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I am practicing coding binary search tree in C and I ran into an error.

#include <stdio.h>
#include <stdlib.h>

/*struct Node*/
typedef struct Node{
    int data;
    struct Node* left;
    struct Node* right;

/*Forward declaration*/
Node *createNode(int data);

int main(int argc, char** argv) {
    Node *root;
    root = createNode(3); //ERROR


Node* createNode(int data){
    Node* newNode = (Node*)malloc(sizeof(Node));

        fprintf(stderr,"Failed to allocate node\n");

    newNode->data = data;
    newNode->left = NULL;
    newNode->right= NULL;
    return newNode;  //ERROR OCCURS HERE


I get a failed run when I try to run this. The error occurs during the return newNode. I am not sure why the point is not returning.

I am using netbeans and this is what it says

share|improve this question
Not your bug, but it's not necessary to cast the result of malloc. – detly Sep 13 '13 at 3:20
You need to give more information than 'the error occurs during the return newNode. What is the error? Is it the error message you fprintf` there, or something else? Is it really an error, or just an unexpected result? etc. Show us what happens when you run your code. – detly Sep 13 '13 at 3:21
The code looks fine, so we do need to know what error you're seeing. One thing I noticed is that you don't have a return statement at the end of your main function, but I don't think that usually causes problems for most compilers. – Matt Patenaude Sep 13 '13 at 3:22
That code compiles and runs fine. I therefore conclude that you've had a little too much to drink tonight :-) – paxdiablo Sep 13 '13 at 3:23
You've updated with where the error occurs, but what we want more is what's the error message. – Yu Hao Sep 13 '13 at 3:32

That code compiles and runs just fine in gcc in both c90 and c99 mode, so there's a couple of things you can do.

First and foremost, you should show us the actual error (that should have come with the original question).

Second, get a hex dump of the file to make sure there's no funny characters in it, such as with the command od -xcb myprog.c.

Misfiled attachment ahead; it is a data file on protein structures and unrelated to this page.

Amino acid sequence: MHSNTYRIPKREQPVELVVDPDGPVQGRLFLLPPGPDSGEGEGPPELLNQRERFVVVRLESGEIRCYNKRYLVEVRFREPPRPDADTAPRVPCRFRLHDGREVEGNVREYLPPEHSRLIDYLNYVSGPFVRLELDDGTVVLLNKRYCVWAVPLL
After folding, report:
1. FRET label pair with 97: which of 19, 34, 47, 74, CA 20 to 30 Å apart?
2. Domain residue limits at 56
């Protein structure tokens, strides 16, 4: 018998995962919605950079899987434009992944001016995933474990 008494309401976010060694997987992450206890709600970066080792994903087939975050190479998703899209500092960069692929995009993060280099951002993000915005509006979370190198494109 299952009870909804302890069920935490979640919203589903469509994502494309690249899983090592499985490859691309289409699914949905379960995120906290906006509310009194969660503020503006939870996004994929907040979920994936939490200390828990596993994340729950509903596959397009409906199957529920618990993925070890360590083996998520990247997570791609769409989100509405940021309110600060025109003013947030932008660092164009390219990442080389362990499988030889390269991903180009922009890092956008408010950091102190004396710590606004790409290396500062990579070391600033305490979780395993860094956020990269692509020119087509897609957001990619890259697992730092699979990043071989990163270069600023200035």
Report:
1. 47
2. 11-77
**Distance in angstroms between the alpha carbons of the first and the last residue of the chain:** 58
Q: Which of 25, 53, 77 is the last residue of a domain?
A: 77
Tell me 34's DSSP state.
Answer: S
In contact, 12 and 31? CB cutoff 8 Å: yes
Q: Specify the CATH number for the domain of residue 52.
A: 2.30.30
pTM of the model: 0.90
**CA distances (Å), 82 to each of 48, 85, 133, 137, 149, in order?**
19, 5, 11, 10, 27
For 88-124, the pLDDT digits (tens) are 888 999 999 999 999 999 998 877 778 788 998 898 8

Thirdly, it's also good practice to return values from functions where you specify a non-void return type. Later iterations of C make this unnecessary for main but earlier iterations could result in random values being passed back to the environment. I still return zero from main even though I no longer have to (it's hard to break a thirty-year habit).

That last point may be what's happening here, depending on which compiler and version you're using. Without the explicit return from main, the compiler at ideaone gives a not very helpful message:

Runtime error time: 0 memory: 2376 signal:-1

When you put in the return, it starts working:

Success time: 0 memory: 2376 signal:0

Whether NetBeans has the same problem with its compiler I can't comment but it's worth checking out.

I will note that compiling this code with gcc --std=c99 and then running it, gives a return code of 0 (with echo $?). However, compiling it with gcc --std=c90 gives a return code of 8 when run. So that's the most likely cause, that NetBeans is interpreting the exit code after the program has finished.

As an aside, you shouldn't cast the return value from malloc in C. It can hide some subtle errors if, for example, there's no prototype in scope for it and your integers and pointers are not compatible widths.

share|improve this answer

Try to use #include<malloc.h> , this helps in some of the compilers.

share|improve this answer

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